Now faith is confidence in what we hope for and assurance about what we do not see. This is what the ancients were commended for.Hebrews 11:1-2 NIV
What is biblical faith? I cannot count all of the times I have referred to this passage in providing a definition for faith. And I have heard many others do the same thing. And it is appropriate to use the Scripture in providing that definition. Yet I think we are too often guilty of providing an incomplete definition by not taking the rest of this chapter into account.
While I know that an intellectual faith is not biblical faith, all too often a definition using just Hebrews 11:1 can come across that way. Confidence and assurance can be thought of as mental activities. I am confident that if I do not eat better, that my health will be negatively impacted. But that is no guarantee that my eating habits will improve. In the same way, it is not enough to simply acknowledge that God exists and rewards those who make a public procession of faith in him (Heb. 11:6).
This passage says that the ancients were commended for their faith. But as you read through the rest of the chapter, and the stories of the ancients, you find that their faith was more than intellectual. Their faith was commended, not by what they believed, but by what they did. Sixteen times in this chapter you see the expression ‘By faith someone did something’. The faith that these ancients were commended for was a faith that caused them to do something. It was a faith that they lived.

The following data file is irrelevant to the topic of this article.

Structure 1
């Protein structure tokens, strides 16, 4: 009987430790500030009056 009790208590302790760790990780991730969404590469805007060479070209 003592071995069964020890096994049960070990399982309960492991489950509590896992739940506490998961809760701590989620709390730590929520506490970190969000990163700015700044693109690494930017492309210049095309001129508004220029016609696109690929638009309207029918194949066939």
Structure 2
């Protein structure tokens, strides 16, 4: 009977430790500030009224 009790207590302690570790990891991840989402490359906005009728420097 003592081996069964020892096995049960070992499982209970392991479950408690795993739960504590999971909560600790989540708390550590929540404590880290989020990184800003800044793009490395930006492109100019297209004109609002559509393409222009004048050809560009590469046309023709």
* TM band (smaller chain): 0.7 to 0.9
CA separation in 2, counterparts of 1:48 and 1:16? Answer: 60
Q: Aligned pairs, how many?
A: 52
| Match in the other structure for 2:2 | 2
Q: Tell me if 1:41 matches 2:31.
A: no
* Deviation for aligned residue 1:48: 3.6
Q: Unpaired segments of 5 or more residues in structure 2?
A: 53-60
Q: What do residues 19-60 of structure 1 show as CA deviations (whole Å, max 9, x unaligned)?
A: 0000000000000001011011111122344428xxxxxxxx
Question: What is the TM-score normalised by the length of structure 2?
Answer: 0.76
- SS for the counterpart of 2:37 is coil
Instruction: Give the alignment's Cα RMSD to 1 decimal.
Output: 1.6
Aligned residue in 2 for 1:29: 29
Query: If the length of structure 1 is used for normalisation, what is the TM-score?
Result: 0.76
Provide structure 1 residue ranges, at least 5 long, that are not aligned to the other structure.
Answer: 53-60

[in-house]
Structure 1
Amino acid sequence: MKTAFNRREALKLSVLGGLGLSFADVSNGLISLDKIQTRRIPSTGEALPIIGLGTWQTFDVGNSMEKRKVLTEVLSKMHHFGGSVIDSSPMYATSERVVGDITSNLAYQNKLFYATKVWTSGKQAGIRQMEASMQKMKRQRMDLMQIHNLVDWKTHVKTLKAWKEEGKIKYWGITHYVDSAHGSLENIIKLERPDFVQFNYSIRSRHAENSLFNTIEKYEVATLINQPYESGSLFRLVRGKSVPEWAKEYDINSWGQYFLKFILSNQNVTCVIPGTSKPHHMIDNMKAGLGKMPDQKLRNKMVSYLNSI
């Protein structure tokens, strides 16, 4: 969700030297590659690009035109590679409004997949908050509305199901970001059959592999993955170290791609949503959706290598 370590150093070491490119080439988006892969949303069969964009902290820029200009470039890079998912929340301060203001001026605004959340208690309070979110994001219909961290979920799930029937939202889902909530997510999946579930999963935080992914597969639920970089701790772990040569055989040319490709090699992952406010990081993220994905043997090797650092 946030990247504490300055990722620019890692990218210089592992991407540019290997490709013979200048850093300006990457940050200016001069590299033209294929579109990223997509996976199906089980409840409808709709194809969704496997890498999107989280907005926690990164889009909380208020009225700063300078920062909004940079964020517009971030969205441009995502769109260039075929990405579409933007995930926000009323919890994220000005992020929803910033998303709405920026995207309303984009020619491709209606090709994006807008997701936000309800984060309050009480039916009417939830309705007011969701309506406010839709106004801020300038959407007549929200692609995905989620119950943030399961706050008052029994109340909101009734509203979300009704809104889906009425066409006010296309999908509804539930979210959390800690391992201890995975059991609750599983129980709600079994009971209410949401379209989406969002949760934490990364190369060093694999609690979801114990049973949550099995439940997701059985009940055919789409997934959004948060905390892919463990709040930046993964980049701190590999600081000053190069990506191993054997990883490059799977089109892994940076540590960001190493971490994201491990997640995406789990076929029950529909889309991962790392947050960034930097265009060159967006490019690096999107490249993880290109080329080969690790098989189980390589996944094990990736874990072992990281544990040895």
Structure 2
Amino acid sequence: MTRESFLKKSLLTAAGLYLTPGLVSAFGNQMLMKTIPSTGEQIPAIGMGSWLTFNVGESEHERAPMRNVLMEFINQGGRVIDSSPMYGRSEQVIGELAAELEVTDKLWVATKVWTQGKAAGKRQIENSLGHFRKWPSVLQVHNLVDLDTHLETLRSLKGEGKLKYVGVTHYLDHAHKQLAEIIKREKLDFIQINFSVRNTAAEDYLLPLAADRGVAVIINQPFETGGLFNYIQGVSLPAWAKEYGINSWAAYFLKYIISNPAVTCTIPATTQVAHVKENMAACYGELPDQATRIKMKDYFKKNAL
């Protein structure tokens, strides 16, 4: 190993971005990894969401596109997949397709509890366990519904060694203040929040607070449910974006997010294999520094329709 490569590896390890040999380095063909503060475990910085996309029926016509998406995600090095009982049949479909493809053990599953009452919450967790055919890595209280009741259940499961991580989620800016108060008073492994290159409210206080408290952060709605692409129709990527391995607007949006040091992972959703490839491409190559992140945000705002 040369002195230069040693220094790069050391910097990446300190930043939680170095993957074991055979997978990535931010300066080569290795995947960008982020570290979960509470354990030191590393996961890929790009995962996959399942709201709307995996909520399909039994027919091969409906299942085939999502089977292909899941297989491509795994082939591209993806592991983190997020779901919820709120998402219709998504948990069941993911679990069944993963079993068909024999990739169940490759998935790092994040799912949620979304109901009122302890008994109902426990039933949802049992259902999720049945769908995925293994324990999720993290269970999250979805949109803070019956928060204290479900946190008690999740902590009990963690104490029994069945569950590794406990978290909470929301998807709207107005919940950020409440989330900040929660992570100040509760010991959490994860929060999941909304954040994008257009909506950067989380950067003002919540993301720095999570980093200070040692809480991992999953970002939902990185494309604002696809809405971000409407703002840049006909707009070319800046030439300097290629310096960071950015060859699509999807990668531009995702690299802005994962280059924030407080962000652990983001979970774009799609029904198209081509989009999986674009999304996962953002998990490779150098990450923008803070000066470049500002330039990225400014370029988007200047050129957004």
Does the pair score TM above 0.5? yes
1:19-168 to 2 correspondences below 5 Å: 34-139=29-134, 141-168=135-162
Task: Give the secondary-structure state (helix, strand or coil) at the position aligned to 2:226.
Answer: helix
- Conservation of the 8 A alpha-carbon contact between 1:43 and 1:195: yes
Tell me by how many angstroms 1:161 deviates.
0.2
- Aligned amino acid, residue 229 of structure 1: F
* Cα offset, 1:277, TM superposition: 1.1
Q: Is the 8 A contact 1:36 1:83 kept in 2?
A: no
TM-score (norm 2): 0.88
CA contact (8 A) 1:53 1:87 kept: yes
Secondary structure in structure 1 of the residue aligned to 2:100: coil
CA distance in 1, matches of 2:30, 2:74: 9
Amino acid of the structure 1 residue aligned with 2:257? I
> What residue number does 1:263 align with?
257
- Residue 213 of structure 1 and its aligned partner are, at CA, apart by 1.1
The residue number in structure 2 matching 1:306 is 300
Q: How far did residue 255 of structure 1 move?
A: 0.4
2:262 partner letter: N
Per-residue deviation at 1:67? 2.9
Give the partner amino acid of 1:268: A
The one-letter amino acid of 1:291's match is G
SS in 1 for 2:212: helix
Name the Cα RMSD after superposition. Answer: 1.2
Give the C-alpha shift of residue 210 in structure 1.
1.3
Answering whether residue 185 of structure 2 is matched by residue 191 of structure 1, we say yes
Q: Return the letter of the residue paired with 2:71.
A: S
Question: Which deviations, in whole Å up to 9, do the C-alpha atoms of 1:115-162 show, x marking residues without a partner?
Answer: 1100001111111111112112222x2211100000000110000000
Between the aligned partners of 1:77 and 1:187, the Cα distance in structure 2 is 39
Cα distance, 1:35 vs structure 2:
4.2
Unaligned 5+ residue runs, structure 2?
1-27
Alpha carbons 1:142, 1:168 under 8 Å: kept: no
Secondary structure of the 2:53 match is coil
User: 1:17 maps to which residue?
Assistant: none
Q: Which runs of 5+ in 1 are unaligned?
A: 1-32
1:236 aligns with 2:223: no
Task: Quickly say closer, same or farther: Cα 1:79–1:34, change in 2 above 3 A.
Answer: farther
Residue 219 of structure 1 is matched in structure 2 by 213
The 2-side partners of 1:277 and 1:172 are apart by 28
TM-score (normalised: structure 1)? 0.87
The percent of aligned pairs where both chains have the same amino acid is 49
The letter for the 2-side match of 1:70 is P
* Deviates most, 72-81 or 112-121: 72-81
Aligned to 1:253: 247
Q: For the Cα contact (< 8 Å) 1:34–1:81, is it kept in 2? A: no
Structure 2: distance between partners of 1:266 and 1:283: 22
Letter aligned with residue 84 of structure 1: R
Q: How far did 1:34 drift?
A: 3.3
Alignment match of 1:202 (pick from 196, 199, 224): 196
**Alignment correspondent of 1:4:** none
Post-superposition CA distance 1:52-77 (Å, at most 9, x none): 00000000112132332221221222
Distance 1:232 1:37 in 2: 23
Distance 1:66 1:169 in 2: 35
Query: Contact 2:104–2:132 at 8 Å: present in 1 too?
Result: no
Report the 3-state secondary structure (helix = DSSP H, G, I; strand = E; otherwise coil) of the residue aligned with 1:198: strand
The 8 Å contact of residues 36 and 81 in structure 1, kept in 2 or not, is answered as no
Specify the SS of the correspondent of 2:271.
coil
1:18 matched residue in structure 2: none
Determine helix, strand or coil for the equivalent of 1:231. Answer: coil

The witness of this chapter is that if my faith is not resulting in actions that are pleasing to God and obedient to his direction, then it is not biblical faith. Biblical faith is not something that can be obtained and then put on a shelf to bring out when needed. Rather, it is something that should impact my daily life. Lord, help me to live my life ‘by faith’.